• Swiss National Museum by Christ & Gantenbein.
    Swiss National Museum by Christ & Gantenbein. Credit: Benni Allan
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One way to open up procurement could be to create a banding system for projects of specific scales and budgets so only practices of a certain size could bid for them. Southwark recently put out a tender for a framework with a lot dedicated to ‘New Design’ which sought practices below a threshold, yet still set the limit to a maximum turnover of £2 million. But the procurement process also prioritises cost over quality, an issue that has been ongoing since mandatory fee scales were abolished in 1982. To promote quality across the industry we need to address this. If there were ways for tenders to control cost on a more equal playing field, we would see practices compared on quality and experience.

EBBA had some first-hand experience of this when we were invited to bid for a small housing development for a private developer. We won the job last summer and have submitted it for planning. The competition was assessed completely on our approach and method for delivering the project. I believe we were successful because we were able to get across our commitment to giving the project our all and describe how we would engage the different stakeholders throughout the process. It also helped that the client was interested in doing something unique and it understood the project would warrant a huge collective effort that we demonstrated was possible. There are very good examples of this working relationship, of small practices producing fruitful and high quality buildings, such as CO-Housing project for Artists by Apparata with Create London.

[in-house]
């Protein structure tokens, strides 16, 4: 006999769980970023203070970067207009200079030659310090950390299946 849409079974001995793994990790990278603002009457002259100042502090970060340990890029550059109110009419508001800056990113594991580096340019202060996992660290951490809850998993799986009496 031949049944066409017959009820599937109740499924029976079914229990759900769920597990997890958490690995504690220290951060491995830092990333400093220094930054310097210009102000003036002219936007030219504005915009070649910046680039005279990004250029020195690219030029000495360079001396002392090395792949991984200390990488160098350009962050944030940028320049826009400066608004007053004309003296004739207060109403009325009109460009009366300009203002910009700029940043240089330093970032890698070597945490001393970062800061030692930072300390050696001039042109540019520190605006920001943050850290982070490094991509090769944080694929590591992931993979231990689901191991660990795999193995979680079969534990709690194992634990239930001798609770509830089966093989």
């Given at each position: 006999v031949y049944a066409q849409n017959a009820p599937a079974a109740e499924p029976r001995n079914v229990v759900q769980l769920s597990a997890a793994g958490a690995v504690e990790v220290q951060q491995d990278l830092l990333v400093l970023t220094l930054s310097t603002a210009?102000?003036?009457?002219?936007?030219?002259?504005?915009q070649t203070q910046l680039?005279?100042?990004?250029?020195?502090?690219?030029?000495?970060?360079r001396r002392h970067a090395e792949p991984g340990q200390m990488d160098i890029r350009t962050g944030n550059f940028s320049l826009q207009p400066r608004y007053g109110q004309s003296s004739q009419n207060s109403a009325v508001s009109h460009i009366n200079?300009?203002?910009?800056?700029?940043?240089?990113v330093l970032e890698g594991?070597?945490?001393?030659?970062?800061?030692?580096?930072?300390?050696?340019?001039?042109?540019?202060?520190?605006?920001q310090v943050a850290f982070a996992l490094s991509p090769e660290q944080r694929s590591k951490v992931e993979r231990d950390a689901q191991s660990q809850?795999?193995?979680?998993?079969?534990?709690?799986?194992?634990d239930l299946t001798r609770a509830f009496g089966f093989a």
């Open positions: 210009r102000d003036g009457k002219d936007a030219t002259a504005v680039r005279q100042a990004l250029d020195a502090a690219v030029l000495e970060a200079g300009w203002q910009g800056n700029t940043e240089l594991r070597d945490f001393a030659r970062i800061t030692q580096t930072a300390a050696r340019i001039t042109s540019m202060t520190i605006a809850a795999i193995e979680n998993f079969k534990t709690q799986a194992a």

Finally, and without being too gloomy, the most pressing issue we must act on once we get back to some normality is the impending environmental catastrophe. Seeing something come to fruition is one of the rewards of being an architect. All the work you put into a project is worth it when you can appreciate the fruits of your labour. However, as an industry we must ask how we can continue to build at rapid pace but dramatically drop our carbon footprint. Before the health pandemic we saw a promising shift in attitudes to sustainability and the climate crisis. We should use this opportunity to rethink how we can influence projects to achieve lower carbon emissions. The motion to ban timber in high-rise buildings seems like a step-off from where we should be going compared with France, which has enacted laws to require all buildings under eight storeys for the 2024 Paris Olympics to be built from timber. The Architects Climate Action Network thinks structural timber should be exempt from the ban too.

This slowdown gives us better appreciation of what we can do as a profession and how to advance. ‘Practise, the verb, is repeatedly doing something. But to really improve we must see where we are going wrong, and only then can practise make perfect.

Benni Allan is director of EBBA Architects and a RIBAJ Rising Star 2019